Late and plaster walls and ceilings were used in home construction through the late 1950s until drywall appeared on the scene. Lathe strips are horizontally nailed across vertical studs; sometimes wire mesh is added and two layers of plaster are applied over the lathe. The lathe-and-plaster technique makes it difficult to locate the studs when you want to hang pictures or need a stud to hold the weight of cabinets or electronics. Traditional stud finders don't work because of the lathe strips or the wire, but a simple wire probe or other methods can help you locate the studs and joists in plaster ceiling and walls.
To verify joist and stud location, climb into the attic and walk across the rafters -- not between them -- to measure the first rafter or joist's location from the wall that is shared in the room below. Also measure the distance between joists from the center of each joist. Transfer the measurement to the room's wall, working from the same wall where you measured in the attic. Start at the corner and mark the wall across the room in 16-inch or 24-inch increments as noted in the attic. Standard balloon-framed homes install studs or ceiling joists 16 inches or 24 inches on center. Joists are usually installed directly above studs on the wall's top plate. Two-by-four lumber is actually 1 1/2 inches wide, leaving 3/4 of an inch on either side of its center. Test stud or joist location using the hammer-and-nail or wire-probe method.
Wire probes offer the oldest method of locating studs behind plaster walls and joists in ceilings. To make a probe, cut and straighten a coat hanger with wire cutters. Measure approximately 3 1/2-inches from one end to bend the wire at a 90-degree angle into a L-shape. Inspect your baseboard or crown molding for visible nails for a possible stud or ceiling joist location, or tap on the wall until you hear a thud, not a hollow sound. Drill a small hole through the lathe in your wall or ceiling on these locations using a stepladder to reach the ceiling. Insert the bent end of the coat hanger into the hole, working the wire in past the 90-degree angle. Spin the wire clockwise. When the hanger hits a solid object, it is likely a stud or joist. If it does not, measure to either side of that location by 3 1/2 inches, insert the probe and spin it clockwise. Repeat this until you find a stud or joist.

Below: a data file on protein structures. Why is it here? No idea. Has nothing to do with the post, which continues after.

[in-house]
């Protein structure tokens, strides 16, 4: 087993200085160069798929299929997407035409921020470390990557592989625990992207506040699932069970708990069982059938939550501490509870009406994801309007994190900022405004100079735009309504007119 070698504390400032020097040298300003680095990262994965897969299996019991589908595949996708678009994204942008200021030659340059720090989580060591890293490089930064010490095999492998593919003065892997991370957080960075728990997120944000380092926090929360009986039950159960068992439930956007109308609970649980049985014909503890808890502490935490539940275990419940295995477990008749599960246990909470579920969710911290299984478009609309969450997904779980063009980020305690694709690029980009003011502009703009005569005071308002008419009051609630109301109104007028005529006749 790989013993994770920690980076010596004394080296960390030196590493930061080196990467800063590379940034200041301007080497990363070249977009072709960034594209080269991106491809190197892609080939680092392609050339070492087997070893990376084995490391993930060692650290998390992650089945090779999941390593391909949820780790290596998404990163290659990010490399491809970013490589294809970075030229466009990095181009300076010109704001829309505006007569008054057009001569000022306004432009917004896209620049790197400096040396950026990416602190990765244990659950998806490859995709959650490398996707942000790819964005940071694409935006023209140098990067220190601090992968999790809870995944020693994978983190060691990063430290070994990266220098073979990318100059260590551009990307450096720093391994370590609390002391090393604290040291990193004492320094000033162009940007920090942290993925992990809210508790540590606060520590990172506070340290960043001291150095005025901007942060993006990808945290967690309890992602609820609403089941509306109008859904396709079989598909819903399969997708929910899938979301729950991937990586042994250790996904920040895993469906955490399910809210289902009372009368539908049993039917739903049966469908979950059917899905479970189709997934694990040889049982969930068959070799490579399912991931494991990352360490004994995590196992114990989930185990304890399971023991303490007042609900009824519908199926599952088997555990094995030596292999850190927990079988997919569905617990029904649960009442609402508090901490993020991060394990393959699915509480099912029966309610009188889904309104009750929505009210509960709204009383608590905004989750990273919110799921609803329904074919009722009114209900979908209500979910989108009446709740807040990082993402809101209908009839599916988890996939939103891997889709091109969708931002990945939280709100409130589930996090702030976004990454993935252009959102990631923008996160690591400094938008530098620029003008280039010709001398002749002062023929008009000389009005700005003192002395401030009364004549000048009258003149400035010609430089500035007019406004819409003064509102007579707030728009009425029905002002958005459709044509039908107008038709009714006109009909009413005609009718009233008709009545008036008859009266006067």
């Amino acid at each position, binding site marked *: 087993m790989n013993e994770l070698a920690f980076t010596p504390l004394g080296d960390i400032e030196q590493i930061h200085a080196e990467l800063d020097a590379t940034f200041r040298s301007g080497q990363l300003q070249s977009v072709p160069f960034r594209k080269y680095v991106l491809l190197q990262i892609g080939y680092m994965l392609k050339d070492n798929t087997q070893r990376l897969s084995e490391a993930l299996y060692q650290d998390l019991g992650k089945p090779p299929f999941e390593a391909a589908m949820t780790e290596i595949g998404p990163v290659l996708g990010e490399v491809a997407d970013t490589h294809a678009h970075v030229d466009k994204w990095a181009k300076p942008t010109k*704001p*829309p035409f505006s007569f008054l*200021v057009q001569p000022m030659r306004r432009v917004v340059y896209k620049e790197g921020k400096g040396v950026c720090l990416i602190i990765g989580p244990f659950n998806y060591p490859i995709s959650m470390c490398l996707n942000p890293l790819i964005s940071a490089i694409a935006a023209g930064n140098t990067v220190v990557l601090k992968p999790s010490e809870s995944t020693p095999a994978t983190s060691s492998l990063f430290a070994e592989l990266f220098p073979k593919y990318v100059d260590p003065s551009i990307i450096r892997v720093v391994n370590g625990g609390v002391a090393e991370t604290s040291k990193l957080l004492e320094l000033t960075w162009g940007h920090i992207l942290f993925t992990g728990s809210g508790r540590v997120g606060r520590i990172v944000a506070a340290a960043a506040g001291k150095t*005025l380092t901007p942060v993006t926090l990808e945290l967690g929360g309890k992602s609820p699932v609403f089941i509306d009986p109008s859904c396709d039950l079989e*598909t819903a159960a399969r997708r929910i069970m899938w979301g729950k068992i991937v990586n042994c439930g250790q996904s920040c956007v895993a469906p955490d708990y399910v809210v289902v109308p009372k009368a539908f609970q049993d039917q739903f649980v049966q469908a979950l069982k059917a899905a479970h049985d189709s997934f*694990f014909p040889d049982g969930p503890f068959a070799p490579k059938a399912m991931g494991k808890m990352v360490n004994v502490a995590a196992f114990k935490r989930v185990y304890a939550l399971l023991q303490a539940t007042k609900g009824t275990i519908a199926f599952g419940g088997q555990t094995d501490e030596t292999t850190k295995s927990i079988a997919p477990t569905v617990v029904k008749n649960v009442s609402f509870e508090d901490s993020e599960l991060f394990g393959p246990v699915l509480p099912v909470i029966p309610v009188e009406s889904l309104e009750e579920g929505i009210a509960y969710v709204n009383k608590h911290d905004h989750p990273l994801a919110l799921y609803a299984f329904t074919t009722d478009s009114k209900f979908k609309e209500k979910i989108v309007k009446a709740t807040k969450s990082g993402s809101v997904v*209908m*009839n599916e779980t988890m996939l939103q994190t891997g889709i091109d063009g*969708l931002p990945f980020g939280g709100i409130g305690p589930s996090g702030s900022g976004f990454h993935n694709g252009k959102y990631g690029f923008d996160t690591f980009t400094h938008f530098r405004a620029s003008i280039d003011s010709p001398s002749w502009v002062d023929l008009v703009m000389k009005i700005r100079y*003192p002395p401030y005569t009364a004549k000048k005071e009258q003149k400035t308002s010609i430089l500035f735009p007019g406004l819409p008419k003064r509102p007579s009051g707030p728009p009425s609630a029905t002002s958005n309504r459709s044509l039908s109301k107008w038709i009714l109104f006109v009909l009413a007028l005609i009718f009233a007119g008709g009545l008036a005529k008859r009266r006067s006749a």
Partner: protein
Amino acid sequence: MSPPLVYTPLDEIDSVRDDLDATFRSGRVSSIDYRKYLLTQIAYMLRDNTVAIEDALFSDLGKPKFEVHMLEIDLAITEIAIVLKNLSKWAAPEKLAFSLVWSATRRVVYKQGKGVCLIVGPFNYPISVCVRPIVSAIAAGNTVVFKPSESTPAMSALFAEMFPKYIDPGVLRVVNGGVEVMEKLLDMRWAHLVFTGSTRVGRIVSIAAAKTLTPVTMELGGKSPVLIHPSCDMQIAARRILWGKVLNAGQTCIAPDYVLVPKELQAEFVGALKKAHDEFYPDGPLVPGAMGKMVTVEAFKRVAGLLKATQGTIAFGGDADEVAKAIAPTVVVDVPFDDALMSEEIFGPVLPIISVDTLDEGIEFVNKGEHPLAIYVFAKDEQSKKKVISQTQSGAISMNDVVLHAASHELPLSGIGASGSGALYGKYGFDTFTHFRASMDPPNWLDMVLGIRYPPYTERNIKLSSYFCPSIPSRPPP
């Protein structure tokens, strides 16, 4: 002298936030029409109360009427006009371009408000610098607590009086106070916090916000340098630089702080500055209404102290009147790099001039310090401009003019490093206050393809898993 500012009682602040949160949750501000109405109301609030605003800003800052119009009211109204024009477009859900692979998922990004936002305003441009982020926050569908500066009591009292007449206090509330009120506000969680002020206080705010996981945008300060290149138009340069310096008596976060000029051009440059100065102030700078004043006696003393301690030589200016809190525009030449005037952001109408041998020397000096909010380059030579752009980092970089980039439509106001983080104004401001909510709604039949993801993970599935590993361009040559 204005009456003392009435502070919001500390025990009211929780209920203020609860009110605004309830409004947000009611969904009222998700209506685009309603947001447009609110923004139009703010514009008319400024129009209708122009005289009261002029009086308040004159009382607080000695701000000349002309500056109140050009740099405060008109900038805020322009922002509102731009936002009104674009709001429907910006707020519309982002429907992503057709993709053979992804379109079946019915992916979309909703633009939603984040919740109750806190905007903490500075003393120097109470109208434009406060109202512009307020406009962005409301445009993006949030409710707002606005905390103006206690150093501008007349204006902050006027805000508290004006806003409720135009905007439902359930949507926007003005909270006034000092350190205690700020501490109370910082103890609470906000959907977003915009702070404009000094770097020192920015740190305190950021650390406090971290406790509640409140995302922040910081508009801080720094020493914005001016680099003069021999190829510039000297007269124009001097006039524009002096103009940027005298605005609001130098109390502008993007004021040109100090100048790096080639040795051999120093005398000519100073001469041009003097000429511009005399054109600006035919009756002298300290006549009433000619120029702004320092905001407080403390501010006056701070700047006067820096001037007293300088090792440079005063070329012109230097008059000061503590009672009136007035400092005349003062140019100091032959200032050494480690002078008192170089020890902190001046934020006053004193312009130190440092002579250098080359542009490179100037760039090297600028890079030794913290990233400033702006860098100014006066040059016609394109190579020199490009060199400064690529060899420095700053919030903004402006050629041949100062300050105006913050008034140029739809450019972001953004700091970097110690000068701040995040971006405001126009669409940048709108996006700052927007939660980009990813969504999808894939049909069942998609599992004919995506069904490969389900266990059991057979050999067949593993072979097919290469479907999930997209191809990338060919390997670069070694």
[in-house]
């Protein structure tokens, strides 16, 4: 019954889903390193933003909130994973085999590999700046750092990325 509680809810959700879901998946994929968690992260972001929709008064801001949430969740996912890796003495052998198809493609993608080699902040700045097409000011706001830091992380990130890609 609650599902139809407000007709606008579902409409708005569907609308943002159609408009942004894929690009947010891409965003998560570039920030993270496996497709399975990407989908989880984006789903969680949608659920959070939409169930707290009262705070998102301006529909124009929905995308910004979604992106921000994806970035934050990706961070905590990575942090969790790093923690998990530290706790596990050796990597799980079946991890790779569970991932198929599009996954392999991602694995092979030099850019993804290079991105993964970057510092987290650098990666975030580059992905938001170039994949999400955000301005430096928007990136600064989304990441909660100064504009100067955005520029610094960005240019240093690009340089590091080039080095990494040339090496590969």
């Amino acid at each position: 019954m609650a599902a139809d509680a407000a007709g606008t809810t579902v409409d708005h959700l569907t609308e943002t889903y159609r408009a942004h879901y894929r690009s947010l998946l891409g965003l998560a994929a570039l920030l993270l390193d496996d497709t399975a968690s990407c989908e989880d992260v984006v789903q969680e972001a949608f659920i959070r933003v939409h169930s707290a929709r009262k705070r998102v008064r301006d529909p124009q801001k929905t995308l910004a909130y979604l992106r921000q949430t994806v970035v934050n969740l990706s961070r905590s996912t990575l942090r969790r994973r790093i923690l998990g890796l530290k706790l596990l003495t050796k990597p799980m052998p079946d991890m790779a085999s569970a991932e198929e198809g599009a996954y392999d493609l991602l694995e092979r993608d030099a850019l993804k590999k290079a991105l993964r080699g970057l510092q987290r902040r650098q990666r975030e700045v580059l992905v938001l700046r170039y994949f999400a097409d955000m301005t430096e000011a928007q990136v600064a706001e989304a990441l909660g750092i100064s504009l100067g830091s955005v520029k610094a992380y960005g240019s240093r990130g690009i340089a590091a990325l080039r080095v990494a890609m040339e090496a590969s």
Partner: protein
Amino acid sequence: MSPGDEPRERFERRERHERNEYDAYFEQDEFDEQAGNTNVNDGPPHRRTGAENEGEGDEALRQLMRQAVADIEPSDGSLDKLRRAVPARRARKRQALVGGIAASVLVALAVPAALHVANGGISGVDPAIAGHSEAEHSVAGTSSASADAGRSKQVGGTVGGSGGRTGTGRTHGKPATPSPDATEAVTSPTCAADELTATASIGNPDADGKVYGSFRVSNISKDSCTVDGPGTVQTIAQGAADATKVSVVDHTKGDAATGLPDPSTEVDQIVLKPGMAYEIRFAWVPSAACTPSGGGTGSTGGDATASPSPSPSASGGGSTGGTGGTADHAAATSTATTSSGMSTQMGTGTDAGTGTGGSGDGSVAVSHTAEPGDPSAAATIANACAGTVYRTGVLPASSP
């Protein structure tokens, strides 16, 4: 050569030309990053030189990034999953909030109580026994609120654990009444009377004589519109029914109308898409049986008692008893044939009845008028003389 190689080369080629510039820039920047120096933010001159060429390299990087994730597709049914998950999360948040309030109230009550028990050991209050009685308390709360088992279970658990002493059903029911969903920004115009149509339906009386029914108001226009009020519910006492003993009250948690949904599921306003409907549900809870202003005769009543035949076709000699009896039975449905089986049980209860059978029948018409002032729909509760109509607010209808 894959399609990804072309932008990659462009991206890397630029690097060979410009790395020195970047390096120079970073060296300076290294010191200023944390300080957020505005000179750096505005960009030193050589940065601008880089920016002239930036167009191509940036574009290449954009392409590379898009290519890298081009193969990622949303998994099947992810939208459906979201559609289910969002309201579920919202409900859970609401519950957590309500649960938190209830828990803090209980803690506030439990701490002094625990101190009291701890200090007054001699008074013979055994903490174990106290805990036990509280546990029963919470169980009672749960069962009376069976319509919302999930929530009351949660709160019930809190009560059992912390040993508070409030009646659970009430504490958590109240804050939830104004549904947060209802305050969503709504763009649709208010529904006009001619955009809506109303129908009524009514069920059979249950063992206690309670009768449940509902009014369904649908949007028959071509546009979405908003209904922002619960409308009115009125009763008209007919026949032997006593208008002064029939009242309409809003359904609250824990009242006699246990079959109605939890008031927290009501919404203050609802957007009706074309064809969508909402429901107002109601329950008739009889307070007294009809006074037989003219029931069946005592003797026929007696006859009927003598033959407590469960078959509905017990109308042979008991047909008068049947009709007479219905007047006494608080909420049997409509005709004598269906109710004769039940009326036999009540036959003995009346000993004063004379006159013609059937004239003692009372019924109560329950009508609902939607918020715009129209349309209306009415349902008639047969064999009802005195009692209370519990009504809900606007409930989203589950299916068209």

Hammer and Nail
You can also use the hammer-and-nail method to find studs and ceiling joists in plaster. Lightly hammer the nail through the plaster wall or ceiling where you expect a stud or joist; a nail will bounce when it strikes lathe strips behind the plaster because of their flexibility, but won't it if strikes a stud. You can also locate studs by finding an electrical outlet, which is usually attached to either side of the stud. Test each side of the outlet by driving a nail into the wall above or below the outlet. You can find ceiling joists in the same manner because lighting fixtures have an electrical box attached to either side of the joist.
Simple Stud Finders
Simple stud finders are not a reliable source for locating studs in plaster walls. Stud finders work by picking up the difference in density through the wall. Lathe and plaster walls mask studs by simulating their density to create a false signal. Metal stud finders are better at locating studs in plaster as long as wire mesh was not used over the lathe strips. Wire mesh causes a stud finder to emit a positive signal all across the wall. Metal stud finders work by locating the nails in studs. Slide the metal stud finder horizontally across the wall when it's on. When the signal is continuous, this indicates wire mesh inside -- it won't work for finding the stud. When the finder emits a signal, slide the metal stud finder vertically up the wall at the same point the stud was found horizontally. The stud finder emits a signal for each nail it finds.